Ethical and Legal Dilemmas
The first ethical dilemma distinguished is a dual relationship issue. According to Arizona Revised Statutes §32-3251 (2021), a dual relationship occurs when a licensee has both professional and non-professional relationships with a client that negatively impacts his/her professional judgment. In this case, David had been Dr. William’s patient, and their current professional relations could be avoided. The ACS (2016) code of ethics also states that any dual relationships should be circumvented in supervision for the same reasons. The supervisor must have a well-defined role contributing to treatment optimization of psychologists’ and counselors’ clients. For that reason, Dr. Williams should have rejected David’s offer since their previous non-professional experience may blur her new role and related obligations. Both may eventually continue their patient-therapist relationship instead of constructing the supervisor-supervisee one.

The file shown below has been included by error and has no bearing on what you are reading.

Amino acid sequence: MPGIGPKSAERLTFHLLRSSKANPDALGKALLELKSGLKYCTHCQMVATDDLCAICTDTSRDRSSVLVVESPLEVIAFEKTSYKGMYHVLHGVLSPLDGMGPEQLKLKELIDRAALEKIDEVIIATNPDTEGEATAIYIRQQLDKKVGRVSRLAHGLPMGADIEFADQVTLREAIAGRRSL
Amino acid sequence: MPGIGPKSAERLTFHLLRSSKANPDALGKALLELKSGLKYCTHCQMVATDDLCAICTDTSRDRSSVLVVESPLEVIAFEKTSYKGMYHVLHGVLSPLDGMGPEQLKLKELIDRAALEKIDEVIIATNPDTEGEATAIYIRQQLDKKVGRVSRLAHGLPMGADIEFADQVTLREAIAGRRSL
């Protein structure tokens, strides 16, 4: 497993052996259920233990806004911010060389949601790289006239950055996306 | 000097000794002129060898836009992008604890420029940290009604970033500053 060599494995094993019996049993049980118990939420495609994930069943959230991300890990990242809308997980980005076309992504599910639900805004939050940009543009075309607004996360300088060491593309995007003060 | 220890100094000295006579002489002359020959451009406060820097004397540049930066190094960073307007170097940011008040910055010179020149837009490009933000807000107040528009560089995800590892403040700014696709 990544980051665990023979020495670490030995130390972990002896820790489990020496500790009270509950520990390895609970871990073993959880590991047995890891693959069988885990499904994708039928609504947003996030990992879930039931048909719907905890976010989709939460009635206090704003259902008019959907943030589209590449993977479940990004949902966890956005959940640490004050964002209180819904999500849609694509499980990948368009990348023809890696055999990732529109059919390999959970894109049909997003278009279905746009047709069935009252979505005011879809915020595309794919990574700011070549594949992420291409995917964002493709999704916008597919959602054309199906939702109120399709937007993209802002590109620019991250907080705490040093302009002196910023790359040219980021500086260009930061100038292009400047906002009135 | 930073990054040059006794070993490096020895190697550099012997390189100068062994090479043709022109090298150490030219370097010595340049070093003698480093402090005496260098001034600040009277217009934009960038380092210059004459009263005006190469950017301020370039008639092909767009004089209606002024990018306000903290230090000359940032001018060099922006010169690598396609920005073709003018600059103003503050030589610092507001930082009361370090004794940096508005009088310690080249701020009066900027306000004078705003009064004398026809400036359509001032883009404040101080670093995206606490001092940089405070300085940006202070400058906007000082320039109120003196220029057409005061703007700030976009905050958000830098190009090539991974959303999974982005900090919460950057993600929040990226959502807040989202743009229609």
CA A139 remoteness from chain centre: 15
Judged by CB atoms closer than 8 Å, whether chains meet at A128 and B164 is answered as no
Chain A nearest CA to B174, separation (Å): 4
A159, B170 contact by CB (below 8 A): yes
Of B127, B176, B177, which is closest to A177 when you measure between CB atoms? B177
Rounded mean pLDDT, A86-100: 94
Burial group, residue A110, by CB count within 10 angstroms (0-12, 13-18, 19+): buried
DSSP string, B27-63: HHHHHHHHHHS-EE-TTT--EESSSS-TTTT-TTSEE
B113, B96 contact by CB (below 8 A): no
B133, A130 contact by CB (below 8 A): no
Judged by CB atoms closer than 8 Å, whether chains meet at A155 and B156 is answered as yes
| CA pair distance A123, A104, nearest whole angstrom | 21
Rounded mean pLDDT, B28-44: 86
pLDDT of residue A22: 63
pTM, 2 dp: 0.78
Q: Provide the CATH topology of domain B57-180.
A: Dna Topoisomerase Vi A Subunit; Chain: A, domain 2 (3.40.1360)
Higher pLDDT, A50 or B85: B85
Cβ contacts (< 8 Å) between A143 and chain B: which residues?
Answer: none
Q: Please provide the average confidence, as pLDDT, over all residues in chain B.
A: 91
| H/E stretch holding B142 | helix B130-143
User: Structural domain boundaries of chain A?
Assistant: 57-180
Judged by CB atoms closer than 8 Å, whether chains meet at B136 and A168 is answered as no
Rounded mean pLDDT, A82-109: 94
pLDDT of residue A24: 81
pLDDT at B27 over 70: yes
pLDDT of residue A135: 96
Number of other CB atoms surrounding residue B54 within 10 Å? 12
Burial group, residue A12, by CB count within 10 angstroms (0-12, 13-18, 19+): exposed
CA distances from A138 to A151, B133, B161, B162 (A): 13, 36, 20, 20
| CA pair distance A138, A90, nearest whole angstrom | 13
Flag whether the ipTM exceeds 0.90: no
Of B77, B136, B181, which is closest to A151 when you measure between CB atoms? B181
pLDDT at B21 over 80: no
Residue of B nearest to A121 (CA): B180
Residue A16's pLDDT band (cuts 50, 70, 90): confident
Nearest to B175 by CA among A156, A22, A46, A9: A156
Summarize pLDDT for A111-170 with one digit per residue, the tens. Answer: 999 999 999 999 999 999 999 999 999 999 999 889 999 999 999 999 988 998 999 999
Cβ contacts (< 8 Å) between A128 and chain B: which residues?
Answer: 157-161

Informed consent is the next dilemma presented in this scenario. Under the ACA (2014) code of ethics, counselors are obliged to use understandable and clear language when providing clients with adequate information regarding themselves and the counseling process. It includes information about potential risks and benefits of services, techniques, purposes, therapeutic approaches, the counselor’s qualifications, and supervision. Clients should be appropriately informed to decide whether they enter, remain, or leave a counseling relationship. The trust and rapport between counselors and clients can be achieved through good communication (Francis & Turner, 2020). It is excellent that David told his patient that he needs to request assistance from the senior and received the latter’s oral agreement.